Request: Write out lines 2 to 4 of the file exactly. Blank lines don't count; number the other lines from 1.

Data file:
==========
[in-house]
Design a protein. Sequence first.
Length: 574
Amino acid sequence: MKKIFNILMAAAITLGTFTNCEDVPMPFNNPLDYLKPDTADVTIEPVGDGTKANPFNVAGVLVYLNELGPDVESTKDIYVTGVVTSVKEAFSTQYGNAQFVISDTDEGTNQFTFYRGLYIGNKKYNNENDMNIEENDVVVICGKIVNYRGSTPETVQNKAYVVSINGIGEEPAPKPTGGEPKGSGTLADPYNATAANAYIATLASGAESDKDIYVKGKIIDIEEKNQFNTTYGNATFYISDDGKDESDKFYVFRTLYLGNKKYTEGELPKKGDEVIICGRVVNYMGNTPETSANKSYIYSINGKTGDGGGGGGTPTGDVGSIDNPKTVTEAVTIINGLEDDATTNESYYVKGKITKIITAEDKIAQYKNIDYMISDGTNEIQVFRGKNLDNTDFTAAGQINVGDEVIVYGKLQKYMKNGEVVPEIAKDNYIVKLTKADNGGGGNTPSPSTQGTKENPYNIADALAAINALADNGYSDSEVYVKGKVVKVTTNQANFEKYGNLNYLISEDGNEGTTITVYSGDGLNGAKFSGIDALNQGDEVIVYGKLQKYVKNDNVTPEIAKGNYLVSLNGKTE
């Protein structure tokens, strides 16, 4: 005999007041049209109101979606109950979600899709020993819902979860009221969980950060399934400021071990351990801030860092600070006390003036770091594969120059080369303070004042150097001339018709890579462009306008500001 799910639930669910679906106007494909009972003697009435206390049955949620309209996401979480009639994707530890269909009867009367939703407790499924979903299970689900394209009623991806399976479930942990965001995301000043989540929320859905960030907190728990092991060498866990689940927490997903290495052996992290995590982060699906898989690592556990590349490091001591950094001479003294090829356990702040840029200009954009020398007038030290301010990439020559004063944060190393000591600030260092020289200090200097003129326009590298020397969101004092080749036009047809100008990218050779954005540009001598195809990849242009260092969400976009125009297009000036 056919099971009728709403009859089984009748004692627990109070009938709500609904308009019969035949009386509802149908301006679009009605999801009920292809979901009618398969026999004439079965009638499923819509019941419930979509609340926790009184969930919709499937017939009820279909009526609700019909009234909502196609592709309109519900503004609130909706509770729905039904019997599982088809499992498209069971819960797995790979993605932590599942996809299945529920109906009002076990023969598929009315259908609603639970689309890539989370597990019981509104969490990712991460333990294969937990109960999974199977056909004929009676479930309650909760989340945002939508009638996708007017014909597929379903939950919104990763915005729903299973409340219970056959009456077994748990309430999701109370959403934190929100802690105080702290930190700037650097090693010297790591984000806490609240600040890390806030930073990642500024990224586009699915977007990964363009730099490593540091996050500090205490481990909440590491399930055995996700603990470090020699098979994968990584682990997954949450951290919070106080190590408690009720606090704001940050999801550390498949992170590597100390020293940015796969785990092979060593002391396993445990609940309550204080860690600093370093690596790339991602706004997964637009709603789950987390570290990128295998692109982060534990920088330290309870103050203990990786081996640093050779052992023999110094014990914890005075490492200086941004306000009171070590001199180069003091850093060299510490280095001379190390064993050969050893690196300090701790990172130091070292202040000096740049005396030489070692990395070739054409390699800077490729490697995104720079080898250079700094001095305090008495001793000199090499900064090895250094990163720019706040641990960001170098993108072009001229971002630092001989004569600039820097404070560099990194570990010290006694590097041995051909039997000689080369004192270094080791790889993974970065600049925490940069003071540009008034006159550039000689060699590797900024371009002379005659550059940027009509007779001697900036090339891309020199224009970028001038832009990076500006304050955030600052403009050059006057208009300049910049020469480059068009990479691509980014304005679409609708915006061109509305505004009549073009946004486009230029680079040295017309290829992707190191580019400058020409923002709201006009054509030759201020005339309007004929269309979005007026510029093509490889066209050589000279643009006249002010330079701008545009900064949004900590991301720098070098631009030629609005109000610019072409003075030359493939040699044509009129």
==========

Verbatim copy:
Design a protein. Sequence first.
Length: 574
Amino acid sequence: MKKIFNILMAAAITLGTFTNCEDVPMPFNNPLDYLKPDTADVTIEPVGDGTKANPFNVAGVLVYLNELGPDVESTKDIYVTGVVTSVKEAFSTQYGNAQFVISDTDEGTNQFTFYRGLYIGNKKYNNENDMNIEENDVVVICGKIVNYRGSTPETVQNKAYVVSINGIGEEPAPKPTGGEPKGSGTLADPYNATAANAYIATLASGAESDKDIYVKGKIIDIEEKNQFNTTYGNATFYISDDGKDESDKFYVFRTLYLGNKKYTEGELPKKGDEVIICGRVVNYMGNTPETSANKSYIYSINGKTGDGGGGGGTPTGDVGSIDNPKTVTEAVTIINGLEDDATTNESYYVKGKITKIITAEDKIAQYKNIDYMISDGTNEIQVFRGKNLDNTDFTAAGQINVGDEVIVYGKLQKYMKNGEVVPEIAKDNYIVKLTKADNGGGGNTPSPSTQGTKENPYNIADALAAINALADNGYSDSEVYVKGKVVKVTTNQANFEKYGNLNYLISEDGNEGTTITVYSGDGLNGAKFSGIDALNQGDEVIVYGKLQKYVKNDNVTPEIAKGNYLVSLNGKTE